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AC-powered LEDs Could Cut the Cost of Lighting

Integrated gallium nitride diodes and LEDs mean lighting needs no separate power converters

3 min read
Image of a colorful LED light on a purple and blue background.
Photo: Shutterstock

Engineers at Pennsylvania State University have demonstrated a practical way to integrate gallium nitride LEDs and their power supply circuits onto the same chip using industry-standard manufacturing processes. The result is a lighting chip that runs directly from the AC electricity supplied by a wall outlet, with no need for the intermediate step of converting the electricity to low-voltage DC on separate silicon chips and other components.

The Penn State engineers describe the work in IEEE Transactions on Electron Devices.

 

According to Penn State engineering professor Jian Xu, who led the research, integrating the LED’s driver system onto the gallium nitride chip could cut the cost of manufacturing LED lighting as well as the cost of maintaining that lighting. As much as 60 percent of the cost of an LED bulb comes from the driver electronics, he says. And because those silicon driver electronics are typically less robust than gallium nitride, they tend to fail before the LED itself does.

The existing driver circuits in an LED lamp perform three main functions: They convert the AC to DC (rectification), smooth out ripples in the resulting DC, and lower the voltage to a more LED-friendly level.

The on-chip driver system that Xu’s group constructed only performs the first function (rectification) while eliminating the need for the third (lowering the voltage).

The driver consists of four Schottky barrier diodes (SBDs) arranged into a bridge rectifier circuit. SBDs are diodes formed by the junction between a metal and a semiconductor. They are common in power electronics, because they have a low forward voltage drop.  Gallium nitride is an especially good material with which to make them, because it has a high breakdown voltage; that prevents the flow of current in the reverse direction.

In order to get the right voltage to the LEDs, the devices are built as an array and cascaded in a chain of 22 to 40 pixels per rectifier. In that way, the total voltage drop is the 110-120 V from the wall socket, but each LED pixel sees only a few volts.

Image of lightPhoto: IEEE Xplore

A white LED lamp using the prototype integrated chip produced a respectable 89 lumens per watt. However, because the SBD bridge outputs a rectified version of the AC input rather than a roughly constant voltage, the LED has a 120-hertz flicker, which would make it more suitable for outdoor lighting applications such as lamps for parking lots and roadways, where low maintenance cost is critical but light quality is less important.

Integrating an LED light’s driver circuits might seem like an obvious idea, but it’s been out of reach until recently. “Gallium nitride is a fairly new material system,” Xu says. “The technology has become mature only recently, that’s why integration on a single chip is a very new idea.” Previous attempts have required the use of either specialized LED structures or manufacturing processes that were too complex to scale up or were too damaging to LED efficiency.

Solving that last problem was the key to Xu’s lab’s achievement. In silicon chip manufacturing, etching away material to form devices can be done with “wet” chemistry, such as treatment with hydrofluoric acid. But gallium nitride is too tough for that to work, explains Xu. So instead “dry etching” —inductively coupled plasma etching—is used. Unfortunately, that process can leave efficiency-sapping defects on the surface.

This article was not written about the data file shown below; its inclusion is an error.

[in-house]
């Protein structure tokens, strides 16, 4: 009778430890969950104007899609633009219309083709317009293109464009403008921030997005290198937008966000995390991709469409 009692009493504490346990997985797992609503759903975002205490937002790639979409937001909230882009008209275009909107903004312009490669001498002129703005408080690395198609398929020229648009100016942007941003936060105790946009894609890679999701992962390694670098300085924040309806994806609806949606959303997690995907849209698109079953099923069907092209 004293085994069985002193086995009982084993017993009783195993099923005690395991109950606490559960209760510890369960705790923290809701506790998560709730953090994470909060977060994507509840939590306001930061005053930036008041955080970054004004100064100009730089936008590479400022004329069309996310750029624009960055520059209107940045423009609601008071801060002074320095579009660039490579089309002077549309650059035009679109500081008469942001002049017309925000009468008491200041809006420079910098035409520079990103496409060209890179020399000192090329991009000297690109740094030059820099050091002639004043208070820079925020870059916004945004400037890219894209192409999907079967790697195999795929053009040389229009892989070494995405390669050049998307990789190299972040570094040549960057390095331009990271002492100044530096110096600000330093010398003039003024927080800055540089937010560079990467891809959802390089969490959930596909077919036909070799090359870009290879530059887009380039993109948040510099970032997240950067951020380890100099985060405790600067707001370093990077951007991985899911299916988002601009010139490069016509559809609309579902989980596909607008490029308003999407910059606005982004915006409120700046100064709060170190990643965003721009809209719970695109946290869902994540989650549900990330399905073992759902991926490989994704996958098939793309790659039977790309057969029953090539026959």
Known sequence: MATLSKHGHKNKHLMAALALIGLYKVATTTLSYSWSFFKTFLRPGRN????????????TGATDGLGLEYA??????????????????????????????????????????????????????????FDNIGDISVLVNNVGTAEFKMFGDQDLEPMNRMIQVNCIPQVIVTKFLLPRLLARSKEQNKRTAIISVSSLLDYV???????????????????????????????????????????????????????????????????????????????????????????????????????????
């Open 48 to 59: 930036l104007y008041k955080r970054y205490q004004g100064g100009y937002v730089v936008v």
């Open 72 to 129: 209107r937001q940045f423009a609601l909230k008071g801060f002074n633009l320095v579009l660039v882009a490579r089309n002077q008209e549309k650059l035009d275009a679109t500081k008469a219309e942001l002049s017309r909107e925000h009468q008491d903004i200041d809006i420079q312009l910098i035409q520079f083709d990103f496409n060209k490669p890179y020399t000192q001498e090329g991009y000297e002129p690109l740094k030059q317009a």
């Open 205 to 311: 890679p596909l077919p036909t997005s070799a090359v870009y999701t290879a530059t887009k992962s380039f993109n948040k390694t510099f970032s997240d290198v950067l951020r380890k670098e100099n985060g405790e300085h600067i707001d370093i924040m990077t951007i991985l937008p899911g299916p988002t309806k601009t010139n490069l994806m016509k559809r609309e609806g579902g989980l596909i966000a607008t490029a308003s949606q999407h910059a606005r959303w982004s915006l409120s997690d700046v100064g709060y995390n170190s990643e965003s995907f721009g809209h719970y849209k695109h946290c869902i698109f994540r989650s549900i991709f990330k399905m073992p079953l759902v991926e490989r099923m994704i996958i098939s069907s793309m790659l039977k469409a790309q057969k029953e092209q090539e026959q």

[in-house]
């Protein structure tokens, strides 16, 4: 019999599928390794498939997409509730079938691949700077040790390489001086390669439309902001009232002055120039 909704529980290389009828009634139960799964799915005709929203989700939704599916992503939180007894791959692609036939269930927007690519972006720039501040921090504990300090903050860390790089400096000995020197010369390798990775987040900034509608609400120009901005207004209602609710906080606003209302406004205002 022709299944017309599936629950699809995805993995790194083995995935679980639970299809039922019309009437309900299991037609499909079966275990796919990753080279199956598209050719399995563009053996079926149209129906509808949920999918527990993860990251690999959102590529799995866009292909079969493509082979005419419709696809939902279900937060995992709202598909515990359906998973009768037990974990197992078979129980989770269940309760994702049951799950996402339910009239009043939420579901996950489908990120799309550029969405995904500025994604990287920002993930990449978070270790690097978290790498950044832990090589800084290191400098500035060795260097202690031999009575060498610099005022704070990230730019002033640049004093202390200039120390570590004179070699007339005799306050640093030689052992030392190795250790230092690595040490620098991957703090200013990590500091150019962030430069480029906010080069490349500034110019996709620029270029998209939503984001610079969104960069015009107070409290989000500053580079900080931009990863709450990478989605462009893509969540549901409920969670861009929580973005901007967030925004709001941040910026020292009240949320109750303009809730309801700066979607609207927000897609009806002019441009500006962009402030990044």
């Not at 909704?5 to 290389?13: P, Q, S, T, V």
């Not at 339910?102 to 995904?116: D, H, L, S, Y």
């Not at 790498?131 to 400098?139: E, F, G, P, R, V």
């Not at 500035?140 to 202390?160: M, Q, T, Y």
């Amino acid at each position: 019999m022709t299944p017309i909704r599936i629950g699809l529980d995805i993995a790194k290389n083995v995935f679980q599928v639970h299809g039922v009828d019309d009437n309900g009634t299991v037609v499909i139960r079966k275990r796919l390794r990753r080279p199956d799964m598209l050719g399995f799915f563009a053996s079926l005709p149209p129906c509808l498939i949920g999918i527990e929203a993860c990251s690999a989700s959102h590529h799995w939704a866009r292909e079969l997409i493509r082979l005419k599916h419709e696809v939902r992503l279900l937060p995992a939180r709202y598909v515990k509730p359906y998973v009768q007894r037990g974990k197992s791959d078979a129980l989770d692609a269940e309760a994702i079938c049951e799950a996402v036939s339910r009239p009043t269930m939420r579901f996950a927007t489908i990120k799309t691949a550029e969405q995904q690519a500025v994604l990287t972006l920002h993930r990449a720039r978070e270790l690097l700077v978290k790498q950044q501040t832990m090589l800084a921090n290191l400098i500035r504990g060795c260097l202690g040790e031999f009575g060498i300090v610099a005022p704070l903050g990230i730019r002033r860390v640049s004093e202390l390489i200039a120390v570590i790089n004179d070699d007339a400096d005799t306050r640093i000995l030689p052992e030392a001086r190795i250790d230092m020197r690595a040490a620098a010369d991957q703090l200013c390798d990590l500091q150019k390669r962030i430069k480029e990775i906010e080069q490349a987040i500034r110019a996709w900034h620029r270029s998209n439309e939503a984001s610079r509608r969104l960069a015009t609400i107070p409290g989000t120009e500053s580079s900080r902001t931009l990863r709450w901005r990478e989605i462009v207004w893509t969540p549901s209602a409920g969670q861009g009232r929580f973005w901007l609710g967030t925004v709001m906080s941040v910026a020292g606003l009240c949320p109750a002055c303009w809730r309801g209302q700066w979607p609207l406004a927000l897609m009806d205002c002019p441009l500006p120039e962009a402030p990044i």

“We spent two years trying to decrease defects using a mixed etching technique,” says Xu. Although wet etching isn’t strong enough to remove much of the semiconductor surface, given time, it can help remove the defective layer left by dry etching. His team eventually hit upon a sequence of dry etching and wet etching that produced low-defect, high quality devices. Even better, this “cyclic etching” procedure could be used to boost the efficiency of microLEDs for displays, according to Xu.

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Two Startups Are Bringing Fiber to the Processor

Avicena’s blue microLEDs are the dark horse in a race with Ayar Labs’ laser-based system

5 min read
Diffuse blue light shines from a patterned surface through a ring. A blue cable leads away from it.

Avicena’s microLED chiplets could one day link all the CPUs in a computer cluster together.

Avicena

If a CPU in Seoul sends a byte of data to a processor in Prague, the information covers most of the distance as light, zipping along with no resistance. But put both those processors on the same motherboard, and they’ll need to communicate over energy-sapping copper, which slow the communication speeds possible within computers. Two Silicon Valley startups, Avicena and Ayar Labs, are doing something about that longstanding limit. If they succeed in their attempts to finally bring optical fiber all the way to the processor, it might not just accelerate computing—it might also remake it.

Both companies are developing fiber-connected chiplets, small chips meant to share a high-bandwidth connection with CPUs and other data-hungry silicon in a shared package. They are each ramping up production in 2023, though it may be a couple of years before we see a computer on the market with either product.

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